Home » South African tycoon Tshepo Mahloele’s Capitec Bank stake slips after $1-billion milestone

South African tycoon Tshepo Mahloele’s Capitec Bank stake slips after $1-billion milestone

Despite this short-term setback, Mahloele remains among South Africa's elite billionaire bankers

by Omokolade Ajayi
Tshepo Mahloele

South African businessman and leading investment banker, Tshepo Mahloele, founding CEO of Harith General Partners, has seen his indirect stake in Capitec Bank retreat by over $77 million in just two weeks, following a recent surge that took the holding past the $1 billion mark.

According to data tracked by Billionaires.Africa, Mahloele’s Capitec Bank stake has slumped by 1.48-billion rand ($77.03 million) since April 9. This decline mirrors the recent downturn in Capitec’s share price on the Johannesburg Stock Exchange.

The slide comes after Mahloele’s holding enjoyed a significant gain of $52.07 million between March 28 and April 9. During this period, his stake surpassed the $1-billion mark, rising from 17.63 billion rand ($955.47 million) on March 28.

Capitec Bank’s shares dip by 7.99 percent

Capitec Bank, founded in 1999, and co-founded by Le Roux alongside Jannie Mouton and Riaan Stassen, has solidified its standing over the past two decades, amassing a substantial customer base. With a network of more than 850 branches and 7,400 ATMs across South Africa, the bank has earned a reputation as one of the world’s top retail banking brands.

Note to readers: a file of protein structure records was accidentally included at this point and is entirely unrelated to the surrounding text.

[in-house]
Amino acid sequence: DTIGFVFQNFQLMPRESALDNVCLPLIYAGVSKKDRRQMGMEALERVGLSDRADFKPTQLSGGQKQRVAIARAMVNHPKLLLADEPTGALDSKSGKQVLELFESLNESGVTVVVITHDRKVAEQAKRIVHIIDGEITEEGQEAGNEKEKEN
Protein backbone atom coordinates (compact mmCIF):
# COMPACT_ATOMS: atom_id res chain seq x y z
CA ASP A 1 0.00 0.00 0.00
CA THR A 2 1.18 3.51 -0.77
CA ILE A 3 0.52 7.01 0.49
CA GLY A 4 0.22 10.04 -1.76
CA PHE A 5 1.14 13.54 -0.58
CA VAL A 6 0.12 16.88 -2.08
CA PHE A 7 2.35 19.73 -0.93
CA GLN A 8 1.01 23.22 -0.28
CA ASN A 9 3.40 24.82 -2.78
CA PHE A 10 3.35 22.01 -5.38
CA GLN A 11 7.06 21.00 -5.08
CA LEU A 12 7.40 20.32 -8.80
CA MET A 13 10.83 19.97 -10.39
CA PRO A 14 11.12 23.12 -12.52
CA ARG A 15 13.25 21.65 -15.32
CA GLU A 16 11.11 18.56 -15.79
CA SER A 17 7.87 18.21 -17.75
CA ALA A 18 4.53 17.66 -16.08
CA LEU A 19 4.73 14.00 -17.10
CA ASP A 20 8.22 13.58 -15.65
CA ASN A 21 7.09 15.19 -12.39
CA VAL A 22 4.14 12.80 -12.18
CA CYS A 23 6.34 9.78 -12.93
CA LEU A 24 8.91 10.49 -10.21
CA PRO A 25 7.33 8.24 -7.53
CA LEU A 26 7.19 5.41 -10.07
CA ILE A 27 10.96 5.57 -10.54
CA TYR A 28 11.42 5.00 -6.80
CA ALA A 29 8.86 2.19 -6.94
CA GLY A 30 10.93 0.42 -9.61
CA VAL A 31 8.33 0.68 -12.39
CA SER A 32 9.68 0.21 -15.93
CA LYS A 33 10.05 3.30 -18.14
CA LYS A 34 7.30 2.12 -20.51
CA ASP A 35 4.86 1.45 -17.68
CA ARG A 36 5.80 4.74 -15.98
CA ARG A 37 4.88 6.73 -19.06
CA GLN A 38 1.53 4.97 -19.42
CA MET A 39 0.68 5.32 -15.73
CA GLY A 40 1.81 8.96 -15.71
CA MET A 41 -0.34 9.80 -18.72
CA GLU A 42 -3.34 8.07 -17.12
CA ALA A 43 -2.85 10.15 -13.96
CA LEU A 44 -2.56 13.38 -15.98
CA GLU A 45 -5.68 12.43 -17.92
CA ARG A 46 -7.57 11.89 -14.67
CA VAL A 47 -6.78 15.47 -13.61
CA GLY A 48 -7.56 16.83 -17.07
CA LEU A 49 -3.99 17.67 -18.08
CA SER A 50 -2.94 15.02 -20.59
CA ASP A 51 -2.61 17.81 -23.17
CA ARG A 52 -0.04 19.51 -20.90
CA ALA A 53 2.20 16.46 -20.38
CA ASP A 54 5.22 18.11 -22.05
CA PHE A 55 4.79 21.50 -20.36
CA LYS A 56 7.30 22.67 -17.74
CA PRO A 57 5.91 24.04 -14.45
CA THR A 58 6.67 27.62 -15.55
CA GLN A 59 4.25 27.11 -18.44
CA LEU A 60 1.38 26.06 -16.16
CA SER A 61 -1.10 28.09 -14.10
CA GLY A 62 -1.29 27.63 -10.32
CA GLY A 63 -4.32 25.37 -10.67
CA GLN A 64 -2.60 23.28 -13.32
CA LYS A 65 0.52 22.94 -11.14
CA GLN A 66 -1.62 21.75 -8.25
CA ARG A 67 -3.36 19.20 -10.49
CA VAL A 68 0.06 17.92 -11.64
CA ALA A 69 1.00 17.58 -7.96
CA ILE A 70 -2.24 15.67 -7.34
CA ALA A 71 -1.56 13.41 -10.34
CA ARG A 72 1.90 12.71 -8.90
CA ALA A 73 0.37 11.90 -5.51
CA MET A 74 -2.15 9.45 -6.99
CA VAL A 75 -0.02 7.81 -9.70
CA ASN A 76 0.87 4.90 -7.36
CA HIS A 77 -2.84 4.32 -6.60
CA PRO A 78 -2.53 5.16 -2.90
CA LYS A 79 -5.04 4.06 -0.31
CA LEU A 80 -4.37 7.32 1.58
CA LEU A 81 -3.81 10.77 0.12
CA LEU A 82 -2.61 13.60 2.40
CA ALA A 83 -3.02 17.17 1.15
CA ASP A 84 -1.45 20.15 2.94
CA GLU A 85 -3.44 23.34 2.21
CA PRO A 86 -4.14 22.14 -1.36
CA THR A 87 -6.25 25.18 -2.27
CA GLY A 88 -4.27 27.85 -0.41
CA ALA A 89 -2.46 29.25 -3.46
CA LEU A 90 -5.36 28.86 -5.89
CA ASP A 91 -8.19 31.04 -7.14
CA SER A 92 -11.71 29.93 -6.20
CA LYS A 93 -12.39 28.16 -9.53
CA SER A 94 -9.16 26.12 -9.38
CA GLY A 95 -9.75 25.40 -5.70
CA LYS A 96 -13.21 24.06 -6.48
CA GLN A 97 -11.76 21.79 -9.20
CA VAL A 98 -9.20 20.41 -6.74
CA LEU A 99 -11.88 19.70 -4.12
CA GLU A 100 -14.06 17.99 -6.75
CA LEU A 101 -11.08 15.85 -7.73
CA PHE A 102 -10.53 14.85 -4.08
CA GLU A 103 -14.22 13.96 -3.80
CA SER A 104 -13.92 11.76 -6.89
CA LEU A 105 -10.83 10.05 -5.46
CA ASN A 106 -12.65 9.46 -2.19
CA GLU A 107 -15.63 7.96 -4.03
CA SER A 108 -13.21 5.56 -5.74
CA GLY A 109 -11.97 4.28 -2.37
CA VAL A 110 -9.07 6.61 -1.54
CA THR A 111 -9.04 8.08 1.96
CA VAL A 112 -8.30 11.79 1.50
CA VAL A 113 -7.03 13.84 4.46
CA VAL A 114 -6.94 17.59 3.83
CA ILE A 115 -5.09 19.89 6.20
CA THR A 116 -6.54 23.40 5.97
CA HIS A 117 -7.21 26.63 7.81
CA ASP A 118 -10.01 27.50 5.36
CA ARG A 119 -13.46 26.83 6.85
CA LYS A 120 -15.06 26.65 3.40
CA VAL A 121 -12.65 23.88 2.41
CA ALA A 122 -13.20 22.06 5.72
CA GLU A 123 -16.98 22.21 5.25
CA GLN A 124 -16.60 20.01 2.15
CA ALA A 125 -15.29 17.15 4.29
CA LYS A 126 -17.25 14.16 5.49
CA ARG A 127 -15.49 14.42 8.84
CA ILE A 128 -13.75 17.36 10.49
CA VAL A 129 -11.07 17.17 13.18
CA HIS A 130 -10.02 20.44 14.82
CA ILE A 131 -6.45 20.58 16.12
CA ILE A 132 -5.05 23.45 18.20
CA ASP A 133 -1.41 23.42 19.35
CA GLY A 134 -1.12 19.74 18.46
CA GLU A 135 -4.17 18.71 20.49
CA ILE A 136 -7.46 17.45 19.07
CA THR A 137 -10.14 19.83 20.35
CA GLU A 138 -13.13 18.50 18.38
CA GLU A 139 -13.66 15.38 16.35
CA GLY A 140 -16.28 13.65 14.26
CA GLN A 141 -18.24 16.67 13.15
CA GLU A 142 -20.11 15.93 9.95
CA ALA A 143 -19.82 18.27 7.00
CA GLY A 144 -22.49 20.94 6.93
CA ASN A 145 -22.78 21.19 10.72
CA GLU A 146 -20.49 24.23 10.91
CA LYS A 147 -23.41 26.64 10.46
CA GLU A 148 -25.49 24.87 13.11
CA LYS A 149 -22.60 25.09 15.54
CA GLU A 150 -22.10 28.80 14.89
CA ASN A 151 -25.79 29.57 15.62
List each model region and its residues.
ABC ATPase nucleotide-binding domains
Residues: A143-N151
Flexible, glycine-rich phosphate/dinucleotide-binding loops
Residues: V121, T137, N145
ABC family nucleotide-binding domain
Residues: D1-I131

Over the past 13 days, Capitec Bank shares on the Johannesburg Stock Exchange have declined by 7.99 percent, falling from R2,200 ($114.691) on April 9 to R2,024.29 ($105.517) at the time of writing, thus pushing its market cap below $13 billion and leading to substantial financial losses for shareholders, including Tshepo Mahloele who owns a significant stake in the group.

Mahloele’s stake in Capitec Bank slumps below $900 million

Mahloele, the founder and chairman of Lebashe Investment Holding Group, holds an indirect 7.26 percent stake in Capitec Bank, translating to 8,409,802 ordinary shares.

Due to the recent share price decline, the market value of Mahloele’s stake has fallen by R1.48 billion ($77.03 million) over the past 13 days. His stake is currently valued at R17.02 billion ($887.40 million), down from R18.50 billion ($964.42 million) on April 9.

Despite this short-term setback, Mahloele remains among South Africa’s elite billionaire bankers. His influence extends beyond the Johannesburg Stock Exchange, as he is also one of the founders of the $630 million Pan African Infrastructure Development Fund (PAIDF).

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